April 13, 2017
“Qualcomm ordered to refund BlackBerry £650M in royalty overpayments,” Bit-tech, April 13, 2017
Qualcomm has been ordered to pay licensee BlackBerry £650 million, plus fees and interest, following a ruling that the company had forced BlackBerry to overpay licence fees relating to smartphone technologies.
Best known for its Snapdragon system-on-chip (SoC) parts, Qualcomm holds numerous patents on the technologies required to build a modern smartphone, including several which make up the core of the UMTS 3G cellular networking technology. While it is required in most countries to make these ‘standard-essential patents‘ available under fair, reasonable, and non-discriminatory (FRAND) terms, its competitors – and occasionally customers – have accused it of failing to do so, leading to several fines from countries’ anti-monopoly commissions, an ongoing FTC suit, and three active lawsuits filed by Apple in the US, UK, and China.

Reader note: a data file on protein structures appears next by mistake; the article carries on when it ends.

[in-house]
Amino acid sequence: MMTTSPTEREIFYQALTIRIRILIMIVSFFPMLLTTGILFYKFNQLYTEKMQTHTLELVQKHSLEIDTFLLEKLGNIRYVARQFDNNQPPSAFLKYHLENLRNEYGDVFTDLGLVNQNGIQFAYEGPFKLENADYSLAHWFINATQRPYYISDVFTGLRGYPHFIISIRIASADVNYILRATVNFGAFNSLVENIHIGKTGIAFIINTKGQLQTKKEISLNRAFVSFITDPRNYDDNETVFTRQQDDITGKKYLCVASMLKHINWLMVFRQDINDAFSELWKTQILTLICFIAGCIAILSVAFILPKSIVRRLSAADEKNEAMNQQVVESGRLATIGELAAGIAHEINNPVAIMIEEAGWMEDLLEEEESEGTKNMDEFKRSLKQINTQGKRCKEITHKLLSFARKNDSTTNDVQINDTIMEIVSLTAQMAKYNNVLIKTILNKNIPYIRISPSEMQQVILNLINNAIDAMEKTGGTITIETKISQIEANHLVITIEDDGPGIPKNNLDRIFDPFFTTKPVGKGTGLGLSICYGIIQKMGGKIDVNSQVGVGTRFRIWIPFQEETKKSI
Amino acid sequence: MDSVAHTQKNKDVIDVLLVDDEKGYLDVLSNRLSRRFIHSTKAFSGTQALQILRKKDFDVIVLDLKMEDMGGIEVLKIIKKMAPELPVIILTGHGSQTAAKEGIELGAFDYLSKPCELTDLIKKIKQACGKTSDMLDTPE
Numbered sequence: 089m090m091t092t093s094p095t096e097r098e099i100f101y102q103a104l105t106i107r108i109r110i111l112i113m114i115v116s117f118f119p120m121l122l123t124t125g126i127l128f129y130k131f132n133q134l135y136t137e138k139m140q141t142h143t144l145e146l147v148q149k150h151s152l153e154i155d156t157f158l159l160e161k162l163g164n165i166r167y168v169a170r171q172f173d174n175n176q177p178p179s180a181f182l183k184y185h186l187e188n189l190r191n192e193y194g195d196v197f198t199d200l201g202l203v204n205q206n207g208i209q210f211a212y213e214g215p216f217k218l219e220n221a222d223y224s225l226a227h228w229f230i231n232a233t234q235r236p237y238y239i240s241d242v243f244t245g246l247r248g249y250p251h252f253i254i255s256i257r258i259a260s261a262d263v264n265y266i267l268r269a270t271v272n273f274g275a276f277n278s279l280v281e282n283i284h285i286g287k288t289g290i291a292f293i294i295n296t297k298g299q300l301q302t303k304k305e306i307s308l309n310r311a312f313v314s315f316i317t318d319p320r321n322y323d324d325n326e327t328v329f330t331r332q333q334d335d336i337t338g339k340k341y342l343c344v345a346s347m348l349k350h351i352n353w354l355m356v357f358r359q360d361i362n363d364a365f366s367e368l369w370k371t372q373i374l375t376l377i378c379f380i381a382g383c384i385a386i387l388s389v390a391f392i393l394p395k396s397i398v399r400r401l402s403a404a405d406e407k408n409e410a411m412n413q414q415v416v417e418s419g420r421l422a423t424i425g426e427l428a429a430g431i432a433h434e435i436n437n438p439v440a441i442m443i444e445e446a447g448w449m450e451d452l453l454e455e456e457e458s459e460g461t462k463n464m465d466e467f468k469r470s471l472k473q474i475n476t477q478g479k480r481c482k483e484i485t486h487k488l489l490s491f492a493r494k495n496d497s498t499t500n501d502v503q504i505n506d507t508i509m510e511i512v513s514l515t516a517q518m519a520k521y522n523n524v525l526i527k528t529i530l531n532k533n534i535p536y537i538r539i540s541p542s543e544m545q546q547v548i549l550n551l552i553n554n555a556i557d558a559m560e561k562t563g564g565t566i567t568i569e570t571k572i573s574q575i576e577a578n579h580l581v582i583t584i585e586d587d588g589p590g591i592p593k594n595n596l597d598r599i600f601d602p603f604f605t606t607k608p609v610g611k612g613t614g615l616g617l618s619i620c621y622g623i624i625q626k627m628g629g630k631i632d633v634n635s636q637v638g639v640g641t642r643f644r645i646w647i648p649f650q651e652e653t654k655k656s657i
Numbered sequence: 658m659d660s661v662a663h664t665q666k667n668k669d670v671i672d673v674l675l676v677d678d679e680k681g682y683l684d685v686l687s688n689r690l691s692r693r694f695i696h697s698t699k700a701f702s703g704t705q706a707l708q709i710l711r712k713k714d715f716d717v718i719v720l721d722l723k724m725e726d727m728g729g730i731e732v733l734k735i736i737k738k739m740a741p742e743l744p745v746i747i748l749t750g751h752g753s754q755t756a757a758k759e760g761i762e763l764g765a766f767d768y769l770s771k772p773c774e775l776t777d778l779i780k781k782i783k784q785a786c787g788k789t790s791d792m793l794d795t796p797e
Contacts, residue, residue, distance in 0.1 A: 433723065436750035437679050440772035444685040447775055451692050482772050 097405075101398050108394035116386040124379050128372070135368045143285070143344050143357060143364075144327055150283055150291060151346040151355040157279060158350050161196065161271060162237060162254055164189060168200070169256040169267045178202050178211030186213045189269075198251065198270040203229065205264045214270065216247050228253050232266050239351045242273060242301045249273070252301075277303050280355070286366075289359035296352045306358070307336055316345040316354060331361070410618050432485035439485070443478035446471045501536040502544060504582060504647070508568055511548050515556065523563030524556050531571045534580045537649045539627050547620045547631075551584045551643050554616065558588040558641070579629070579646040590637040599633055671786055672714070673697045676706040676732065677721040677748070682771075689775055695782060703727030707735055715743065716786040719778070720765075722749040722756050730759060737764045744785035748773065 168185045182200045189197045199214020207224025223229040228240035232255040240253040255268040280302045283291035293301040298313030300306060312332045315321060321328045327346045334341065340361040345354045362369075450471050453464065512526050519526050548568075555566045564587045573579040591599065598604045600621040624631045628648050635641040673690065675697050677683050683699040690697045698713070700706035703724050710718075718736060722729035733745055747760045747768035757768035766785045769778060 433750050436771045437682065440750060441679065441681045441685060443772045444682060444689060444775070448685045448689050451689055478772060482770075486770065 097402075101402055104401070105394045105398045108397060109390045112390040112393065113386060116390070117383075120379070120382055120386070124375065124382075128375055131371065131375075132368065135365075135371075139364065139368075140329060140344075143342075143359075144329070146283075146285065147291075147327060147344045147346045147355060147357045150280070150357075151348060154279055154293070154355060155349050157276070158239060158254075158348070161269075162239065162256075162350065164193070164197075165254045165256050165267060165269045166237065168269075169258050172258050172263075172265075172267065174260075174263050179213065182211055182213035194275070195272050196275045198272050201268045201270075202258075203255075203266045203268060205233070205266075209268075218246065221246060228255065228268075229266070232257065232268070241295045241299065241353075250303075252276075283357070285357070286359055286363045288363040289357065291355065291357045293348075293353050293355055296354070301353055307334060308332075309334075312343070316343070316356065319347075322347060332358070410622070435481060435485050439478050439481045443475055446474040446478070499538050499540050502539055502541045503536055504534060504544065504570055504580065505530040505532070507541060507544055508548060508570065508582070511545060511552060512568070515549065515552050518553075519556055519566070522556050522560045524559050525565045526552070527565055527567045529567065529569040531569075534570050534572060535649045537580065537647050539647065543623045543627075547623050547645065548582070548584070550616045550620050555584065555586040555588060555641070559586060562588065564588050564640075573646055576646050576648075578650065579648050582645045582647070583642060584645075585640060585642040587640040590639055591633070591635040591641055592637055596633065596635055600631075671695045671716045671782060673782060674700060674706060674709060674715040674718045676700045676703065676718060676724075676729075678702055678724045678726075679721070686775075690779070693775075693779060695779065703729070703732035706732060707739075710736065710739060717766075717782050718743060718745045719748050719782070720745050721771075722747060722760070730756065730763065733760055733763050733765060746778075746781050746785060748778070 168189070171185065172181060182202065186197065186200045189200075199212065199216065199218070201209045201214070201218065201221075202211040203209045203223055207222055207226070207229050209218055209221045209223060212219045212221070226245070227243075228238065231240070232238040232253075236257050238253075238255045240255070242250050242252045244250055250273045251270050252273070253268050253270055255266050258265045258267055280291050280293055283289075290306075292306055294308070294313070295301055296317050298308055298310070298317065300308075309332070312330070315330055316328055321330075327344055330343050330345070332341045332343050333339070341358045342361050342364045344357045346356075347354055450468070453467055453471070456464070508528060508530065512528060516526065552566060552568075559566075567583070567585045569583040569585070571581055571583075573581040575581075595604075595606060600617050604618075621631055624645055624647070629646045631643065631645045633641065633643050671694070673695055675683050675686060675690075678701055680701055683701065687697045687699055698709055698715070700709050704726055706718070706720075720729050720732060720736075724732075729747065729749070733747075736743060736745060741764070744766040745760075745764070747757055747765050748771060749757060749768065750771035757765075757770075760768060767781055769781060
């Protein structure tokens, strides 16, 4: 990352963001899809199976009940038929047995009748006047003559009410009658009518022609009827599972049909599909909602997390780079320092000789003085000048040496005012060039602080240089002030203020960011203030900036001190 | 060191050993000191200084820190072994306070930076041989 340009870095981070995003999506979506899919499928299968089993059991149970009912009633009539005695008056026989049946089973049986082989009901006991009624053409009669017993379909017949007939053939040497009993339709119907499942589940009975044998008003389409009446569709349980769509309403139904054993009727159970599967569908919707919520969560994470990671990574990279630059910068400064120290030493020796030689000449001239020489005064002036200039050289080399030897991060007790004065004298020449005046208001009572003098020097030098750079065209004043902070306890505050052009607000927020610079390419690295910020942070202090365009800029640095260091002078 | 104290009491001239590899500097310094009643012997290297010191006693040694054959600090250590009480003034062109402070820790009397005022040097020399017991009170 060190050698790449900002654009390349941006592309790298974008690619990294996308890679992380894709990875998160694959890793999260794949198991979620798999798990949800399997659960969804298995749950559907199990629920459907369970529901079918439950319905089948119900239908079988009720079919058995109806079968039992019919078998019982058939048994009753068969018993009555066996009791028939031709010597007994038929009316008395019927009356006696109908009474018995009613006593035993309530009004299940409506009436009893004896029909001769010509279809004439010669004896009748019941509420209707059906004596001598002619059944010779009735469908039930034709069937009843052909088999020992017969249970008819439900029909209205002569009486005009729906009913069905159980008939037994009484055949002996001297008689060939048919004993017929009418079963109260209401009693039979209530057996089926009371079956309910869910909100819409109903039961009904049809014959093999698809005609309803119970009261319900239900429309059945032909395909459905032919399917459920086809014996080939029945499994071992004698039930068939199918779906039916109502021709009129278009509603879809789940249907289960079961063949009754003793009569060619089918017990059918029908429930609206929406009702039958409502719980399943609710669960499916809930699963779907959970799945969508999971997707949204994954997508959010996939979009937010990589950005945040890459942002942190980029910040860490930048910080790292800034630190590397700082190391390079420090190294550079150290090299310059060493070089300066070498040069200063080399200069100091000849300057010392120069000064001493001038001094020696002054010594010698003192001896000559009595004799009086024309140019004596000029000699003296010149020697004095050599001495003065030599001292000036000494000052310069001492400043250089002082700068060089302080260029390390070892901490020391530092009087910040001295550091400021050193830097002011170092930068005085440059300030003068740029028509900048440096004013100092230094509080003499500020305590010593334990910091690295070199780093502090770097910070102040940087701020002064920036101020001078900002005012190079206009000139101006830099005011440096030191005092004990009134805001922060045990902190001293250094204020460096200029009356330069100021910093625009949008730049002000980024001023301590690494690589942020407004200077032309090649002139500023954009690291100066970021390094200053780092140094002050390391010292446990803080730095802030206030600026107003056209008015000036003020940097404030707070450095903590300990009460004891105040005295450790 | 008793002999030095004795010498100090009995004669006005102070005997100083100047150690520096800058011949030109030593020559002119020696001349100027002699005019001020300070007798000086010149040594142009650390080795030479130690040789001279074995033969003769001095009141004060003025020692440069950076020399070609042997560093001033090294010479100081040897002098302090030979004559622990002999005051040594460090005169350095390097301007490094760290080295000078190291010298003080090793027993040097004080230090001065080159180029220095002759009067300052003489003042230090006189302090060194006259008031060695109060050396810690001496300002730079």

‘Lawsuits involving standard essential patents are increasingly common. As the technology becomes entrenched, precisely because it is the standard, potentially competing technologies are by-passed, leaving licensees with no alternative,‘ explained Harness IP principal Bryan Wheelock of the growing number of cases against Qualcomm and other holders of standard essential patents. ‘This distorts normal royalty rate negotiations, and spawns disputes. As the market matures and margins drop, the royalty rate becomes an irritant.‘